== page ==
Repurposing a how-to guide on blogging for example, into a checklist format with a call-to-action that says, "Download Your Business Blogger Interview Guide" is a perfect way to repurpose how-to content in a way that's quick for you, and helpful, bookmarkable content for your reader.
Just as checklists help your leads perform recurring tasks with more ease, there may be templates you can create for your leads in Excel, Word, Photoshop, etc. that would help them do something easier or better. For example, a tax accountant might prepare a spreadsheet with formulas that helps calculate common deductions. Our admissions marketing calculator is an example of a template-tool in Excel that helps our schools marketing prospects estimate the inbound activity they need to achieve their enrollment goals. HubSpot's CMO Mike Volpe created a template for marketers to complete their leads waterfall graph, you can find this tool here. Ask yourself what problems your leads and customers encounter, and whether there are templates / tools you can quickly create and offer for download to make that job easier.
You may not have all the answers, but perhaps you have trusted colleagues, industry contacts, or even followers and fans on your social media accounts who do. Select a controversial topic or difficult problem many in your industry face, and ask your network for their take on the issue. Then bundle their responses and advice into one piece of content.
Next time you host a live presentation or webinar, be sure to record it so you can leverage the offer well after the live audience disperses. This is some low-hanging fruit content that should be turned into a lead generating offer. Remember, not everyone can attend your presentations live, but it doesn't mean they're not interested in the content.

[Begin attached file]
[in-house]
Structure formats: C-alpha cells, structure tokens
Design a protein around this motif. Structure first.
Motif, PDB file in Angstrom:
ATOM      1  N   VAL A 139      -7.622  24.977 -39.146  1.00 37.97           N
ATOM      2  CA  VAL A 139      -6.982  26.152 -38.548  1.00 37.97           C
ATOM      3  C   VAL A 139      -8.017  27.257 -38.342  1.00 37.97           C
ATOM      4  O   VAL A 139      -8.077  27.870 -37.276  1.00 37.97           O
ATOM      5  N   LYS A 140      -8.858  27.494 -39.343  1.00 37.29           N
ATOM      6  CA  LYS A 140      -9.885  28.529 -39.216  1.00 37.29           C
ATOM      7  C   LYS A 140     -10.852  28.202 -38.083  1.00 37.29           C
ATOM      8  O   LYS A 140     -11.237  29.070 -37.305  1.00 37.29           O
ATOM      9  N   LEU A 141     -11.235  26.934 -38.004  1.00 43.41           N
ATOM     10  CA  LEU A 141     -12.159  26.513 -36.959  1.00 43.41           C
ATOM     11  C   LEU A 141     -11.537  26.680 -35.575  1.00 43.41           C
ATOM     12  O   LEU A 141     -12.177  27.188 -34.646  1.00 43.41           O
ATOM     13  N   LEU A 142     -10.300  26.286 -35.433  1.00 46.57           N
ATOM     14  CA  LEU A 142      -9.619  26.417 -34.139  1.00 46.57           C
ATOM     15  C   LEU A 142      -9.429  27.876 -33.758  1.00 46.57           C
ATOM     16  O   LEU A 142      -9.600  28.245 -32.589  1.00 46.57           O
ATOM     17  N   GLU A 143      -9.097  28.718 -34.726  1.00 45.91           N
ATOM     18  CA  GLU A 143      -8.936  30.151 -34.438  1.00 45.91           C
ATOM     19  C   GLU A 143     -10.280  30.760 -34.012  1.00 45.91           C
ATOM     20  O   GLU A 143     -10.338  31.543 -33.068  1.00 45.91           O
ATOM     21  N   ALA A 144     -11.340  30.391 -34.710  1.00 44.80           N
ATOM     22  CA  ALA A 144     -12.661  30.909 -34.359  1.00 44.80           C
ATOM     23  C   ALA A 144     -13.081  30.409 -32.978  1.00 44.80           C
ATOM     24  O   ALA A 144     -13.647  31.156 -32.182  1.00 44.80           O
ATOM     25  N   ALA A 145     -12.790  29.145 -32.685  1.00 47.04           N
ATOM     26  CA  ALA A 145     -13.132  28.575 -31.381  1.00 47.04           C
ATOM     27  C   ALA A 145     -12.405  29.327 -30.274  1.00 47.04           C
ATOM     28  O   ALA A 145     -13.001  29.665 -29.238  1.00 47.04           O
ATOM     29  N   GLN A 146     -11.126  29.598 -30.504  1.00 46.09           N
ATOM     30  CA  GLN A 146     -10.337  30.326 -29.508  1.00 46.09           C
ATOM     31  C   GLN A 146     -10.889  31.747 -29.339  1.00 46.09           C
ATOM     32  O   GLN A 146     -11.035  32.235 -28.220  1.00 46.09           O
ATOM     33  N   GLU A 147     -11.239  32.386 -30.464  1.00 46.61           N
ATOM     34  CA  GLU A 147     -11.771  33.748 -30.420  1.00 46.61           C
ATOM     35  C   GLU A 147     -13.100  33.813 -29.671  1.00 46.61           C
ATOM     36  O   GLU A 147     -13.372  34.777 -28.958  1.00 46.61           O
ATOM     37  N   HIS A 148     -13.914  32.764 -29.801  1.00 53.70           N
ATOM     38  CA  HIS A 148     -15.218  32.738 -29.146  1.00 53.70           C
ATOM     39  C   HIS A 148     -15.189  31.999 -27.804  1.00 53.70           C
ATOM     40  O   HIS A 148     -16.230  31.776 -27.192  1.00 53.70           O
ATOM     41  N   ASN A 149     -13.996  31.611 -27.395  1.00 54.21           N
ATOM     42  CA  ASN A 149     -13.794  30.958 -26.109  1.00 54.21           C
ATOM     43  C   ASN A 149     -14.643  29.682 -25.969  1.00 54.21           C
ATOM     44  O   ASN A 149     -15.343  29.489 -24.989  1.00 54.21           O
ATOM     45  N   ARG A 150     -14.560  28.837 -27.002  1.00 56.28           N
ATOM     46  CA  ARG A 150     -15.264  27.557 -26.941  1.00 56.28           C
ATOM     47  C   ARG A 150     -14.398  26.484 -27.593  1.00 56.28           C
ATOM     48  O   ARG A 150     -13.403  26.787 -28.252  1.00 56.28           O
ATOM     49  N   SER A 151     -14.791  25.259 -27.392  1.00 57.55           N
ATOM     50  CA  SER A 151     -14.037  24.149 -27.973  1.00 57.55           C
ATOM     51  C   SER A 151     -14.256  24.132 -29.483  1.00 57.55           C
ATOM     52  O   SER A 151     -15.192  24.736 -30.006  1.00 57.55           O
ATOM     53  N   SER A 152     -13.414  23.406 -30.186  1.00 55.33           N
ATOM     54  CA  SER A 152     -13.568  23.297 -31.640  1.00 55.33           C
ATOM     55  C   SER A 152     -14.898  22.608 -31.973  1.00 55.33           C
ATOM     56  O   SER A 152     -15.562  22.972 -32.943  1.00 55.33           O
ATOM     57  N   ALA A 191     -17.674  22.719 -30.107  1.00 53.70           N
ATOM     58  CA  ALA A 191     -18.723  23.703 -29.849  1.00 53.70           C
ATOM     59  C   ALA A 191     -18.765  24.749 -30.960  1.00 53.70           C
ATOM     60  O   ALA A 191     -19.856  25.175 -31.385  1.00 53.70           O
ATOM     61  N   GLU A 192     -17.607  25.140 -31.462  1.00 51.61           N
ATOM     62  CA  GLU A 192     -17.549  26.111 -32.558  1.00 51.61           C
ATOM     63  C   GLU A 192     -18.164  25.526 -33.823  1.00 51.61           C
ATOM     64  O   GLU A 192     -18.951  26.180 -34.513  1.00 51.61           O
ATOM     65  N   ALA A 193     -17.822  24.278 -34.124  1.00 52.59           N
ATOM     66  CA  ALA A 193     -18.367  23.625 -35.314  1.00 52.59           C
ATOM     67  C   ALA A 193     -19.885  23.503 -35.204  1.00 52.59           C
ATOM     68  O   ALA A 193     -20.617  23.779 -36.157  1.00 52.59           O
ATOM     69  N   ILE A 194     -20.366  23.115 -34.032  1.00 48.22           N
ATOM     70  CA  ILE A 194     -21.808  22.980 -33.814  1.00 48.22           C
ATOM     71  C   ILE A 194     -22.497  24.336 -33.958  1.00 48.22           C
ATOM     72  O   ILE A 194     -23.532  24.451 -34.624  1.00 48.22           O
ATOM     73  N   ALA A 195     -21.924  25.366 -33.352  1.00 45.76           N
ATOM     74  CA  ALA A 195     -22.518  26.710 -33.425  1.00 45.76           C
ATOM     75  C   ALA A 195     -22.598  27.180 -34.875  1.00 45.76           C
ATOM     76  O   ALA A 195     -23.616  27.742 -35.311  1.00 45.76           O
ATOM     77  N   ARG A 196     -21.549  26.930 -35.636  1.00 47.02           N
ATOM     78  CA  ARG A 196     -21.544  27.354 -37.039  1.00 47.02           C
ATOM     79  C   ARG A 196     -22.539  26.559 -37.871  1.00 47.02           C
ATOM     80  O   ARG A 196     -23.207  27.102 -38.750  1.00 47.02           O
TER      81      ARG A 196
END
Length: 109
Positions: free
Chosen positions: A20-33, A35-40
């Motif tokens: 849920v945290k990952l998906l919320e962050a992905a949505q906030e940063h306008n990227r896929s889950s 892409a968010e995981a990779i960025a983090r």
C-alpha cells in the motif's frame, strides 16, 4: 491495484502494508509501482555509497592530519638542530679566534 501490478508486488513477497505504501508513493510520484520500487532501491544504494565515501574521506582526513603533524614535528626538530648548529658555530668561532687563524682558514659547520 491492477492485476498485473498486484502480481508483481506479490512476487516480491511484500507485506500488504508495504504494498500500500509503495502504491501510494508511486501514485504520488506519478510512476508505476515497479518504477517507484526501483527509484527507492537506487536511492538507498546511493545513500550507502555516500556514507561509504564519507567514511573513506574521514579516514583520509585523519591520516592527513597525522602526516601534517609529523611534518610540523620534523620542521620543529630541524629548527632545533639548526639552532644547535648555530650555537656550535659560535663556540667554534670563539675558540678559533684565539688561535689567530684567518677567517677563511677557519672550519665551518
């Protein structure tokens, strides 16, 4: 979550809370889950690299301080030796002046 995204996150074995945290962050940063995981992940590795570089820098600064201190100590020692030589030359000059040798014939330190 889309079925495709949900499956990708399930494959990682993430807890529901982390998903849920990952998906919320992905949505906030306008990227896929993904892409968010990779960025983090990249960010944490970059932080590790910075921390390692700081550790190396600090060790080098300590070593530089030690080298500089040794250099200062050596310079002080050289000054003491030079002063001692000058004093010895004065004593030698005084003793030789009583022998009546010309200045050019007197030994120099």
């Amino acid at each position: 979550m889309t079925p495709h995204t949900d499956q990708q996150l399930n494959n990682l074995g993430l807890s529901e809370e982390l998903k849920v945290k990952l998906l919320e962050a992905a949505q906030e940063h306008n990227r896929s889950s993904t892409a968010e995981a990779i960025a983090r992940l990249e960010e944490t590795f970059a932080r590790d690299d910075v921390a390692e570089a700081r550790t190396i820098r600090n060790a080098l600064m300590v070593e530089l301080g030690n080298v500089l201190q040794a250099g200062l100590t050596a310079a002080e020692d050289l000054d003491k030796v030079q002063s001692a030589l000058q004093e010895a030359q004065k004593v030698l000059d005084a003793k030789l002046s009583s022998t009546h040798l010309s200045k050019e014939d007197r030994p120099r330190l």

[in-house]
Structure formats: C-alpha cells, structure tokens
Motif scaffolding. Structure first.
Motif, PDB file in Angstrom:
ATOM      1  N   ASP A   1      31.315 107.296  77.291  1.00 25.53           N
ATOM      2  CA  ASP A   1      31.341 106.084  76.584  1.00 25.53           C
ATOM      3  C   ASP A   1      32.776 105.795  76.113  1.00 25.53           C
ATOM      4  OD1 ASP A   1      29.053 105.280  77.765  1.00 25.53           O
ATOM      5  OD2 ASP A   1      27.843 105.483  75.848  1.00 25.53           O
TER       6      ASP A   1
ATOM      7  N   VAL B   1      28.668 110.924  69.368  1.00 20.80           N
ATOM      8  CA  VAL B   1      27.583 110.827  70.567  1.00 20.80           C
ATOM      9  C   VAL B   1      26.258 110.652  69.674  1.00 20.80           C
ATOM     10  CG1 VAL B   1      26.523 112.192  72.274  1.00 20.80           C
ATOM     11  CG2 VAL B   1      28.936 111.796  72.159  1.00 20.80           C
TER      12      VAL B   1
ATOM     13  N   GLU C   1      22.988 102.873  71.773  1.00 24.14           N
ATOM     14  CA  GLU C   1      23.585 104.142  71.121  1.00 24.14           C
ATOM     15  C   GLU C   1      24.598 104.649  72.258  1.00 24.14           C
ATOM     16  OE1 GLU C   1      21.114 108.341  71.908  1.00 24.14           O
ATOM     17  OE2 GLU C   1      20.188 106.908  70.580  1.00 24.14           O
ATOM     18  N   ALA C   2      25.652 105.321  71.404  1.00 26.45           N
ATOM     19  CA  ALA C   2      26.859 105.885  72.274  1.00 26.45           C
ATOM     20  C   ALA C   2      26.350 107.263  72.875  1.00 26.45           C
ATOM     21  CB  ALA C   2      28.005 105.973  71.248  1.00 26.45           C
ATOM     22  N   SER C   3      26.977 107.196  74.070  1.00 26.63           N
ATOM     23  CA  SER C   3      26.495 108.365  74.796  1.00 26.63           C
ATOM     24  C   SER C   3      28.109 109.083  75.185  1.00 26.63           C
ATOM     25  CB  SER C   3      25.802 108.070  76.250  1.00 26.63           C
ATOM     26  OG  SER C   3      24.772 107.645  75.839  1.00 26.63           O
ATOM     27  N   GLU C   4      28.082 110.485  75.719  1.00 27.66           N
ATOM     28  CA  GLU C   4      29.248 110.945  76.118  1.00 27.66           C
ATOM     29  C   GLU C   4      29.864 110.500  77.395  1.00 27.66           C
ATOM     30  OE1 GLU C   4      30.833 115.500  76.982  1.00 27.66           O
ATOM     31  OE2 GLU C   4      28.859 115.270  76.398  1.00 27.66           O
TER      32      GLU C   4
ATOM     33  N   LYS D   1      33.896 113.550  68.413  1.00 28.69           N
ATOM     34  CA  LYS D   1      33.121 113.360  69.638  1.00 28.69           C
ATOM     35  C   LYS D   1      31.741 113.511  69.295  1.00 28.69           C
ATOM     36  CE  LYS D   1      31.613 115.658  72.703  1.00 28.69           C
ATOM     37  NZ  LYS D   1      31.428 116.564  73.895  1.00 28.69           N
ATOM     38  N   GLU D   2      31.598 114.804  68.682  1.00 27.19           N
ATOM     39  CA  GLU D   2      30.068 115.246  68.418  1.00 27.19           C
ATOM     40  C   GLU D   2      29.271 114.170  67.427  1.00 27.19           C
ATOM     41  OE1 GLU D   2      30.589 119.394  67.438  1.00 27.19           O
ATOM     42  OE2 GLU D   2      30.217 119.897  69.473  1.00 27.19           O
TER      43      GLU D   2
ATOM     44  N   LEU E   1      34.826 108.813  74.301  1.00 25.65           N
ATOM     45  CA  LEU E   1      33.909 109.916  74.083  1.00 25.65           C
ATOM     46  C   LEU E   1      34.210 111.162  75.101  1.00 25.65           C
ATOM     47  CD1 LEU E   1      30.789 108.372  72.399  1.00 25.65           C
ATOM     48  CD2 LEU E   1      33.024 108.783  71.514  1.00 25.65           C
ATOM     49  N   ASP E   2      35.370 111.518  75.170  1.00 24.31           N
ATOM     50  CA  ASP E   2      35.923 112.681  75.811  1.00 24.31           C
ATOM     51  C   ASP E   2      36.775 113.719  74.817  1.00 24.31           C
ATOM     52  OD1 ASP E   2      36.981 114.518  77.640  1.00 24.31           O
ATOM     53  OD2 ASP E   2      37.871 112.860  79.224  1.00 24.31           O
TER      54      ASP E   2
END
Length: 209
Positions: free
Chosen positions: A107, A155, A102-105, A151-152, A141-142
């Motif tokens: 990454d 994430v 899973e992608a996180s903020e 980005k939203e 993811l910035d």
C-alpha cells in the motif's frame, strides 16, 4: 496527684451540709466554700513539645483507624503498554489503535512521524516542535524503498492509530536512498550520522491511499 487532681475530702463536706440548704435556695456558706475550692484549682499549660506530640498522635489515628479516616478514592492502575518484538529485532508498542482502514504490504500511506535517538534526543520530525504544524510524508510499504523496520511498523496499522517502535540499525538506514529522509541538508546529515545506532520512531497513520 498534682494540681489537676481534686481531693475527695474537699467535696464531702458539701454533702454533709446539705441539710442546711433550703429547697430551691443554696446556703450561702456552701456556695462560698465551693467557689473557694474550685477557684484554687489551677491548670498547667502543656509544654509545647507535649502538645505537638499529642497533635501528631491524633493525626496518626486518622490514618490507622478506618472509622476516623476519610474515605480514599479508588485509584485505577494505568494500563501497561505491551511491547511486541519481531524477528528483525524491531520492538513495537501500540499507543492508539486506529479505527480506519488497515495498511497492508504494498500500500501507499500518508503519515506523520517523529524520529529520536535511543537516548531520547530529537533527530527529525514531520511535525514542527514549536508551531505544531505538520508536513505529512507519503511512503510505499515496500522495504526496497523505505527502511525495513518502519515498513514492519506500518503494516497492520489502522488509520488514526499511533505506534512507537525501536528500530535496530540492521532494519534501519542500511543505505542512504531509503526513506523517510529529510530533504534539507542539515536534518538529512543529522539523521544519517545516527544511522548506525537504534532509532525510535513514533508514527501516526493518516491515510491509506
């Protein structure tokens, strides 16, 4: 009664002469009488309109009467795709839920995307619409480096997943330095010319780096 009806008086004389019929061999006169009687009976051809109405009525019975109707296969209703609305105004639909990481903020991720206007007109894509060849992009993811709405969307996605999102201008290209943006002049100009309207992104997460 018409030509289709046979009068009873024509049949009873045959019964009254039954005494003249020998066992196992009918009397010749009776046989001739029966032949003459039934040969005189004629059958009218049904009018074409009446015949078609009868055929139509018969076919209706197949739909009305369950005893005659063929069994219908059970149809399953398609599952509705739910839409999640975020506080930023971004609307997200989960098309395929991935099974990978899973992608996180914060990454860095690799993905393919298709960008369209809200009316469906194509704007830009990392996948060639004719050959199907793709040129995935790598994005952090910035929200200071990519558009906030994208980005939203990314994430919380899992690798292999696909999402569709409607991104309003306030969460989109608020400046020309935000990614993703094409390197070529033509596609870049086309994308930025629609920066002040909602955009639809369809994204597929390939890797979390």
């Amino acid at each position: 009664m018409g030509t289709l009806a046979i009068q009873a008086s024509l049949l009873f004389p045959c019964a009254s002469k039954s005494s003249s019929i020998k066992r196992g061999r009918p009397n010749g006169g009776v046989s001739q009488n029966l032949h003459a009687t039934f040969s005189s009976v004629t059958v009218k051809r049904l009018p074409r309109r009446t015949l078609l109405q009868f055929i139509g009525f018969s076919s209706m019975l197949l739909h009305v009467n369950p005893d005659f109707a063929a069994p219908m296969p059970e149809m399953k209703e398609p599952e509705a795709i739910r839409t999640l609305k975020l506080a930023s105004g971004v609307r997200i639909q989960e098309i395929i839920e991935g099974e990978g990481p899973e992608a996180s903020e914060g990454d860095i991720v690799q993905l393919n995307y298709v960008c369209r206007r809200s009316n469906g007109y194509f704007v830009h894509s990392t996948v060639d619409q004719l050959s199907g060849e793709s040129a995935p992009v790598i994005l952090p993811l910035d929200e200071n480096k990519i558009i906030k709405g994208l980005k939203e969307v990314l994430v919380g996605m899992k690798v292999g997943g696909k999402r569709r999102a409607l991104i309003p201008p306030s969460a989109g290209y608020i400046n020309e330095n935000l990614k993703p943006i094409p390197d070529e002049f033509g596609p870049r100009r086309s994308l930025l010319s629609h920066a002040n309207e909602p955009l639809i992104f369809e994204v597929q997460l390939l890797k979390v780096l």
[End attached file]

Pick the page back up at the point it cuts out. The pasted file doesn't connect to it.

And if your webinar didn't go as well live as it did during rehearsal, no worries. You can always set aside an hour to re-record the presentation that you turn into the offer -without the live audience and technical difficulties.
If you're short on time, why not divide up the responsibility of creating offer content with someone in your industry who is looking to get exposure to your audience? This approach works well for other content formats, too, particularly webinars. Partner up to host a webinar with someone in your industry whose audience you'd like exposure to. You can use the recording to generate leads on your own site, and include a call-to-action at the end of the webinar to encourage action from the new audience to whom you're speaking.
If you can't find the time or inclination to create offer content, you can always outsource content creation. You can build all the calls-to-action and landing pages in the world, but without valuable content to make redemption worthwhile, your lead generation will quickly dry up.